Deliberately, Delightfully Child-free


Ken and Alissa Koven love kids-as long as they’re other people’s.

“We like to give them back when we’re done,” Ken said.

The Marina del Rey, California. couple have no intention of ever having children, a decision that may rankle bubbes everywhere but is just fine with them.

They’re not alone by any means. In 2008, nearly 20 percent of American women ended their child-bearing years without having kids, compared to 10 percent in 1976, according to a June 2010 report by the Pew Research Center that drew on U.S. Census Bureau data.

While some of those women may have put off having children because of work or education, Alissa decided at an early age that she would be childless by choice.

“I knew by the time I was 20 that I didn’t want children,” the 38-year-old said. “I spent many hours and years baby-sitting. I really enjoy spending time with children, but I like my nice, quiet, peaceful home. It was a very informed decision.”

Coming to an agreement about this subject with her husband was easy. Ken, an IT consultant who grew up in Thousand Oaks, was pushing 40 by the time they were married in 2003. At that point, having kids was not at the top of his list of priorities.

“I was on the fence. I was open to either way,” he said.

Now, at 46, he’s grateful they made the decision that they did. It allows them to lock up the house with little notice and travel the world as Ken’s job requires. (They recently returned from a year living in Australia.) They can be, in a word, spontaneous. Their mantra is that it only takes two to make a family.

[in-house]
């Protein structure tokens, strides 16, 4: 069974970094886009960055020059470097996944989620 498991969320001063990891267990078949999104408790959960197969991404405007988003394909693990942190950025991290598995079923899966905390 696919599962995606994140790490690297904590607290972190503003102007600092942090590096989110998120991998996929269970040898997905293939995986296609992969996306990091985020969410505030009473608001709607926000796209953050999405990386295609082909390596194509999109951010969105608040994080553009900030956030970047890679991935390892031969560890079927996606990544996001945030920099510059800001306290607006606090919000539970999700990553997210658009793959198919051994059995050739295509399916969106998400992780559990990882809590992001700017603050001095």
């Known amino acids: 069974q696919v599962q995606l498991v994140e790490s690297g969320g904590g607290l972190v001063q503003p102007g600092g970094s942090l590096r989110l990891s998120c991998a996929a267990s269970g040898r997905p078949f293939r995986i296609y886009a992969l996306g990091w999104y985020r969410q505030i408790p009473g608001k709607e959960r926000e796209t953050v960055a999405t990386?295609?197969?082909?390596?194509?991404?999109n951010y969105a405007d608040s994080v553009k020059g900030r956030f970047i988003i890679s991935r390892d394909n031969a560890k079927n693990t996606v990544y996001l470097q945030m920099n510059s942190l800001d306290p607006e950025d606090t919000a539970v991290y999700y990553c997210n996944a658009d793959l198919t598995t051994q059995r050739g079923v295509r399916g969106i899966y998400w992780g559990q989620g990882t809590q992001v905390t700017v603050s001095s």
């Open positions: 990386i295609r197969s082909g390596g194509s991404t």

“Our lives are complete,” Alissa said. “We don’t need kids to have a full life.”

Some relatives had a tough time being persuaded, however.

“Jewish parents want grandchildren,” Ken said. “My mother’s probably still holding out hope.”

Both of the Kovens, whose parents have other grandchildren, were raised Jewish but are not members of a synagogue.

“I do feel some Jewish guilt about not having children, because I do, or did, have the opportunity to increase the Jewish population by one or two and am not doing it,” said Alissa, who does freelance work in market research and as a copy editor.

Despite the divine commandment in Genesis to “be fruitful and multiply,” fertility rates among Jewish women are lower than those for U.S. women in general and are not high enough to replace the current population, according to the 2000-2001 National Jewish Population Survey sponsored by United Jewish Communities and Jewish Federations.

The decision to have children in today’s world is about much more than creating life; it’s about quality of life, too.

“People don’t talk about the negatives of raising kids. It’s always about the positives,” Ken said. Some parents make it sound like having kids is all about baking cookies, tossing baseballs and sharing hugs, he said. What they tend to leave out is the exhaustion, worry and frustration, not to mention the expense.

The Kovens, who said conversations with others on the topic can sometimes be awkward and make them feel defensive, said they see both sides of the equation.

“We both knew what it would take—the amount of time and effort—in order to be a good parent, and we’re just not comfortable with that kind of commitment,” Ken said. “If you’re going to have kids, it has to become the center of your universe.”

They admit that there are inherent downsides to their choice: Alissa would love to be a grandmother someday, and she worries about what will happen when they get older.